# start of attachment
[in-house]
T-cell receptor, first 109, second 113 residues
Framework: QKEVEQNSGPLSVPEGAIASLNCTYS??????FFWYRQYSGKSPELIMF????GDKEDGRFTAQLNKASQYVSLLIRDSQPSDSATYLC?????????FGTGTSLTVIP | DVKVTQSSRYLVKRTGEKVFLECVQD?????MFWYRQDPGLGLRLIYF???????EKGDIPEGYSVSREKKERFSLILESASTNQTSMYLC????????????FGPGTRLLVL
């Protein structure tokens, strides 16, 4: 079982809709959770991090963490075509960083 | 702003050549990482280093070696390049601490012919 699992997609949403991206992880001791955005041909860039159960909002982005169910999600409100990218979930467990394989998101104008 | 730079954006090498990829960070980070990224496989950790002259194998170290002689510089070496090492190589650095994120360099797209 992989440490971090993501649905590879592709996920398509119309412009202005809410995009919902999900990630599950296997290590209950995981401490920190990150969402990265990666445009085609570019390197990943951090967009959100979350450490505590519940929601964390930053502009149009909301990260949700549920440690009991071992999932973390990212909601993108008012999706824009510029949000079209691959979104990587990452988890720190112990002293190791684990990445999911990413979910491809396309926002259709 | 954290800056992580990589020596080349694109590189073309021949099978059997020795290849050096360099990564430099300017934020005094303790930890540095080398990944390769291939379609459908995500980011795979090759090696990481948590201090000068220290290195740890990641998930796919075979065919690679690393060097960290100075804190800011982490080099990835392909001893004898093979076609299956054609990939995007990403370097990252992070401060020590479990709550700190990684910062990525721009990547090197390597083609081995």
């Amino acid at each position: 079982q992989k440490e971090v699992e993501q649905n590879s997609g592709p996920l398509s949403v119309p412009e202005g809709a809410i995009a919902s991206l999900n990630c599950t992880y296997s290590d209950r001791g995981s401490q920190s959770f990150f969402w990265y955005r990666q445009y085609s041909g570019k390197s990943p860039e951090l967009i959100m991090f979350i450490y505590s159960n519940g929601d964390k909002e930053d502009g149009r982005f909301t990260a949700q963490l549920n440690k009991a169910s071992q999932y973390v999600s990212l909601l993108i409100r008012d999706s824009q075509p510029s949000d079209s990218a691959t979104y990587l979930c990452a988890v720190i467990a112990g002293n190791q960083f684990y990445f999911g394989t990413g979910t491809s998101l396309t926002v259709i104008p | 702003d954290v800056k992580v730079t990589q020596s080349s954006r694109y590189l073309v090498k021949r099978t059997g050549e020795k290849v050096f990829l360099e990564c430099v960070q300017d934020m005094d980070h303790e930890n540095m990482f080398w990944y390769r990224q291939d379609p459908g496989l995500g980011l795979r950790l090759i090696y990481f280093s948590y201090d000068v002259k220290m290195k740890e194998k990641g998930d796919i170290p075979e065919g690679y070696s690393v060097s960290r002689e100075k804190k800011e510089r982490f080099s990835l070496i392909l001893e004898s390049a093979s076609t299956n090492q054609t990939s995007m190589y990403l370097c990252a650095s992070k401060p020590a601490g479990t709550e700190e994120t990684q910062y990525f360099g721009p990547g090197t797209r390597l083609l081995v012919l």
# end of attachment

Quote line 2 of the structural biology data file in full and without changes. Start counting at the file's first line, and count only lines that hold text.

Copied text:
T-cell receptor, first 109, second 113 residues